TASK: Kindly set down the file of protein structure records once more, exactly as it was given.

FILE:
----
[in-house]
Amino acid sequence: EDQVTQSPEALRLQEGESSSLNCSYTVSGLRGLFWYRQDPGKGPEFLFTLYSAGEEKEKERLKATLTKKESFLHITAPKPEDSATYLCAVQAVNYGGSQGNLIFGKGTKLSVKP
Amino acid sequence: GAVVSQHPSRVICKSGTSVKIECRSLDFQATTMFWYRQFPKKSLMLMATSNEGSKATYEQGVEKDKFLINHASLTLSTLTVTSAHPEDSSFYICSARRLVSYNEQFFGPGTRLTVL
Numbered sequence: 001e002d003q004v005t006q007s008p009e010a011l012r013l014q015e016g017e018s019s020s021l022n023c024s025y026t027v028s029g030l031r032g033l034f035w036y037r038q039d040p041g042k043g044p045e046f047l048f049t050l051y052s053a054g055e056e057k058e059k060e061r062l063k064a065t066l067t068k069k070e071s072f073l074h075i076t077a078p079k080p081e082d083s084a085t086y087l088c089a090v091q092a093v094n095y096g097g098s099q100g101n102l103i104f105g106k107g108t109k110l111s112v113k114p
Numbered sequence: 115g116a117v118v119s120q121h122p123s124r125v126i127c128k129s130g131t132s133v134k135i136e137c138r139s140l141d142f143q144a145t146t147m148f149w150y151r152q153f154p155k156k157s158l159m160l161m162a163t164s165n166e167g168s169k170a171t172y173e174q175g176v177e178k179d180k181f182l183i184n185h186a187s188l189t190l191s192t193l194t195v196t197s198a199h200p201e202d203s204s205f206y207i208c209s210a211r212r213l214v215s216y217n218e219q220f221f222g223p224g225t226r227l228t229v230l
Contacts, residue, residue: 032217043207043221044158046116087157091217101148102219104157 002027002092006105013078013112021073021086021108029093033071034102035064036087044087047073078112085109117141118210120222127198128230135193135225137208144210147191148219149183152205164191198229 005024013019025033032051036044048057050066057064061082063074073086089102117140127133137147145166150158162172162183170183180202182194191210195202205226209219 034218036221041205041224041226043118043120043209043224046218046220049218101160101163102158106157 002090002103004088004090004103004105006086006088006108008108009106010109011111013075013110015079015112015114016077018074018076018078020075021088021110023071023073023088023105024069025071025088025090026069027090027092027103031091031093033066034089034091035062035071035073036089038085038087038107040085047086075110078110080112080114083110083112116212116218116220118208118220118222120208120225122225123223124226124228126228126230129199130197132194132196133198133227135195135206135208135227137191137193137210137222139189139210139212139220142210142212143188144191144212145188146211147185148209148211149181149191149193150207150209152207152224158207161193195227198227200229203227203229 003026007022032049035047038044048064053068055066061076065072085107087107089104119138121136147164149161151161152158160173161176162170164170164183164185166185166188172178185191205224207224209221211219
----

[in-house]
Amino acid sequence: EDQVTQSPEALRLQEGESSSLNCSYTVSGLRGLFWYRQDPGKGPEFLFTLYSAGEEKEKERLKATLTKKESFLHITAPKPEDSATYLCAVQAVNYGGSQGNLIFGKGTKLSVKP
Amino acid sequence: GAVVSQHPSRVICKSGTSVKIECRSLDFQATTMFWYRQFPKKSLMLMATSNEGSKATYEQGVEKDKFLINHASLTLSTLTVTSAHPEDSSFYICSARRLVSYNEQFFGPGTRLTVL
Numbered sequence: 001e002d003q004v005t006q007s008p009e010a011l012r013l014q015e016g017e018s019s020s021l022n023c024s025y026t027v028s029g030l031r032g033l034f035w036y037r038q039d040p041g042k043g044p045e046f047l048f049t050l051y052s053a054g055e056e057k058e059k060e061r062l063k064a065t066l067t068k069k070e071s072f073l074h075i076t077a078p079k080p081e082d083s084a085t086y087l088c089a090v091q092a093v094n095y096g097g098s099q100g101n102l103i104f105g106k107g108t109k110l111s112v113k114p
Numbered sequence: 115g116a117v118v119s120q121h122p123s124r125v126i127c128k129s130g131t132s133v134k135i136e137c138r139s140l141d142f143q144a145t146t147m148f149w150y151r152q153f154p155k156k157s158l159m160l161m162a163t164s165n166e167g168s169k170a171t172y173e174q175g176v177e178k179d180k181f182l183i184n185h186a187s188l189t190l191s192t193l194t195v196t197s198a199h200p201e202d203s204s205f206y207i208c209s210a211r212r213l214v215s216y217n218e219q220f221f222g223p224g225t226r227l228t229v230l
Contacts, residue, residue: 032217043207043221044158046116087157091217101148102219104157 002027002092006105013078013112021073021086021108029093033071034102035064036087044087047073078112085109117141118210120222127198128230135193135225137208144210147191148219149183152205164191198229 005024013019025033032051036044048057050066057064061082063074073086089102117140127133137147145166150158162172162183170183180202182194191210195202205226209219 034218036221041205041224041226043118043120043209043224046218046220049218101160101163102158106157 002090002103004088004090004103004105006086006088006108008108009106010109011111013075013110015079015112015114016077018074018076018078020075021088021110023071023073023088023105024069025071025088025090026069027090027092027103031091031093033066034089034091035062035071035073036089038085038087038107040085047086075110078110080112080114083110083112116212116218116220118208118220118222120208120225122225123223124226124228126228126230129199130197132194132196133198133227135195135206135208135227137191137193137210137222139189139210139212139220142210142212143188144191144212145188146211147185148209148211149181149191149193150207150209152207152224158207161193195227198227200229203227203229 003026007022032049035047038044048064053068055066061076065072085107087107089104119138121136147164149161151161152158160173161176162170164170164183164185166185166188172178185191205224207224209221211219